F1 – Dutch GP – Race
Hallo, MiniFans! Zaandvort is hosting its first Dutch GP since 1985 and it has dressed up for the occasion. All grandstands are fully covered in neon orange, determined to cheer on Max Verstappen, who could recover the lead of the championship in his first proper home race. The first part of the homework was done yesterday, with a pole position that got the whole track roaring in delight, but the second is still pending.
With the top ten starting on soft tyres, it was surprising to see so many of those out of the top ten as well, with only a handful of drivers starting with mediums and just one, Pérez, betting on the hards and mayhem to escape his pit lane start. The first lap was unusually clean for such a narrow circuit that saw cars even three wide in an attempt to climb up the timing tower. Verstappen managed to open up a sizeable gap to Hamilton, while Russell reported oil and smoke leaving Ricciardo’s car that wouldn’t amount to any problems afterwards. A few scuffs went on at different points of the track, with small collisions between front wings and rear tyres that didn’t seem to create many issues. Pérez, still at the back and only in front of Latifi, who started behind him, and Schumacher, who had stopped for new tyres, was seemingly having problems and not being able to overtake Mazepin, even blocking his front left tyre and waiting a couple of laps until finally pitting due to excessive vibrations.
Over the radio, Norris said what could be clearly seen: Having clean air meant vastly superior lap times, but he was told to wait for his moment. Who couldn’t wait too much was Hamilton, claiming he was on the limit of the tyres and stopping for mediums. His stop was slow, but it showed the power an undercut could have when Red Bull copied the strategy. Despite the energy drink team doing a way faster stop, their gap to Hamilton was reduced to under two seconds. Mercedes lengthened Bottas’ first stint and their exchanged messages on radio only confirmed that he would do a one-stop strategy to try and retain Verstappen at the end of the race. Red Bull caught on and communicated to their driver how critical it would be to catch and overtake the Finnish man.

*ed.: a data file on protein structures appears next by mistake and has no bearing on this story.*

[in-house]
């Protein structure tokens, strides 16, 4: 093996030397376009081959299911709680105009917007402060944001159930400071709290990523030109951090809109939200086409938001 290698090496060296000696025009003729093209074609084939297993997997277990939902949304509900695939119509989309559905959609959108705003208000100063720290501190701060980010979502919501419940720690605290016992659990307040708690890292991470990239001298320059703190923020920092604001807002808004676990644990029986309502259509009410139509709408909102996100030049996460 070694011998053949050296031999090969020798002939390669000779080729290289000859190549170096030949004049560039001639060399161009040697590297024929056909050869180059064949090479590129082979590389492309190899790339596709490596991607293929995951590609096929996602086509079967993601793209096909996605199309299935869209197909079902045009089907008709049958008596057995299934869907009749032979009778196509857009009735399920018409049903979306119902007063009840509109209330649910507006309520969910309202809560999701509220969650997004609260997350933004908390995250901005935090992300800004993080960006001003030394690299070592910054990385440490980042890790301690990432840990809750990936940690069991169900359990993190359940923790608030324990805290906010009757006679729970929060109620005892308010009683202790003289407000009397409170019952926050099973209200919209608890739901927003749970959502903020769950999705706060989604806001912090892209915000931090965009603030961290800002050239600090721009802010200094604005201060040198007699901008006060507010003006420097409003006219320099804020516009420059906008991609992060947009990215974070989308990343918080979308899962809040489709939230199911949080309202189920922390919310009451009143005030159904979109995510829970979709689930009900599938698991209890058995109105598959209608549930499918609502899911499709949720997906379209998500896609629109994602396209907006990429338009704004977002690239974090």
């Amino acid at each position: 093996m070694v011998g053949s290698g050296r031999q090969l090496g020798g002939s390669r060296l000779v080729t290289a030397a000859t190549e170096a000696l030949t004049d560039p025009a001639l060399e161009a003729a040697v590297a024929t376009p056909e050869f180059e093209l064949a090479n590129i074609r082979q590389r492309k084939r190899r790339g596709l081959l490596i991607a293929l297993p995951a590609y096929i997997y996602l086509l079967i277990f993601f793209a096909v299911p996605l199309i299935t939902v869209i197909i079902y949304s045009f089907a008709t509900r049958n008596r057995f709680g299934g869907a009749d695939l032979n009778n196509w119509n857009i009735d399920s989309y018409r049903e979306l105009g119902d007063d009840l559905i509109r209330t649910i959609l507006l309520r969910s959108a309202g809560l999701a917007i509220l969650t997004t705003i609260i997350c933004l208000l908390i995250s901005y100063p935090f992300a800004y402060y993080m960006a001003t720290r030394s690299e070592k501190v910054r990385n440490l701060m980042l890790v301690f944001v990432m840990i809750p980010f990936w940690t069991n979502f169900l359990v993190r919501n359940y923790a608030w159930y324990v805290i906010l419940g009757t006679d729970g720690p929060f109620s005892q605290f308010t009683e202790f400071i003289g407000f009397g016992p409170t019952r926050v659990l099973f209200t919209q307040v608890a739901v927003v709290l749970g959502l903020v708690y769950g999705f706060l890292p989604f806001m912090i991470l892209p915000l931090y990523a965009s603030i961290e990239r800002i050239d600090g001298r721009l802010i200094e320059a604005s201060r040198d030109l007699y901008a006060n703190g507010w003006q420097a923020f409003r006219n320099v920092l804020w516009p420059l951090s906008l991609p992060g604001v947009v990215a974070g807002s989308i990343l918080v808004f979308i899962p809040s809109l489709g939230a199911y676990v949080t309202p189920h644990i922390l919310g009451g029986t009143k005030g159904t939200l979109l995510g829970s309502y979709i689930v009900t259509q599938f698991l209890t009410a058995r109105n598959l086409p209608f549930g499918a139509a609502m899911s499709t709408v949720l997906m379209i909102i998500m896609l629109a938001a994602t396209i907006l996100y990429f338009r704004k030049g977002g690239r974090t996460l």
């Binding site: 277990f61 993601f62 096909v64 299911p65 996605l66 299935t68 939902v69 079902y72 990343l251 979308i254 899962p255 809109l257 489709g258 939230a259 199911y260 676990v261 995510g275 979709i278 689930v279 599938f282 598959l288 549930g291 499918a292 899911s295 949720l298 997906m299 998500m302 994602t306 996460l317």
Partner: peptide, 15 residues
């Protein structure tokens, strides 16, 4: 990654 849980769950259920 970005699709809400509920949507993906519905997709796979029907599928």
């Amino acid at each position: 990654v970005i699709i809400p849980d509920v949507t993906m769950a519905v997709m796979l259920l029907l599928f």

The battle for the win became what it has been for a while now. Two Mercedes, one of them willing to sacrifice himself for the greater good of the team, against one lone Red Bull. Verstappen pulled a beautiful overtake over Bottas in the DRS zone, only for Hamilton to find his path empty when it was his turn to pass his teammate. The ones giving a try to a one-stop strategy stopped alongside Bottas, who was soon in Verstappen’s pit window and almost collided into Vettel after the German spun in turn 3. In lap 40, Mercedes went for the second stop to try and pull off the undercut they couldn’t in the first stop, but the traffic they released Hamilton in meant that they lost time to Verstappen, who stopped one lap later and pulled off both a faster in lap and stop.
Hamilton’s radio started going wild with his messages complaining about his team’s decision to pit him with more than thirty laps to go when his current tyres were doing well. He went into panic mode, berating his team for their choice and complaining about his tyres not being able to make it to the end, but soon after pulling the fastest lap of the race. On the other side of the fence, where Hamilton clearly saw the greener grass, was Verstappen. Red Bull had replied to their stunt with not only a faster stop, but also tyres thought out to last to the end of the race easily, rather than the one that might give an edge on the out lap. However, he was the only one with white rimmed tyres, alongside Leclerc, who wasn’t struggling with them.
Mercedes pitted Bottas with four laps to go, who had enough of a gap to Gasly in fourth, and was told very plainly that they would not go for fastest lap in order to leave a gap for Hamilton. He was not told that it was to let Hamilton have it, but it was very much implied. He received a message by James, the strategist, to abort his fastest lap attempt, but Bottas refused to do so, painting all his sectors in purple. Hamilton still stopped with two laps to go, not giving Verstappen space to do the same thing himself, and barely managed to score the fastest lap point while the track was already inundated in orange smoke from a grandstand that was celebrating the win of the only Dutch driver who has ever won a Grand Prix.
Red flags have been aplenty this weekend, but the race seemingly didn’t get the memo from the free practices and the qualifying. Some had bet their entire race on it, such as Pérez with his hard tyre start, because the track serves itself for such an event: it is narrow, has banked corners and barely anything that’s not gravel or grass on the outside of the racing track. Despite this, the only retirements happened by teams asking their drivers to return to boxes. The rest did go as planned: Verstappen reigned in his home track, closely followed by Hamilton, who couldn’t do anything to prevent it, as they were outsmarted in strategy by Red Bull, and regained the lead of the world championship.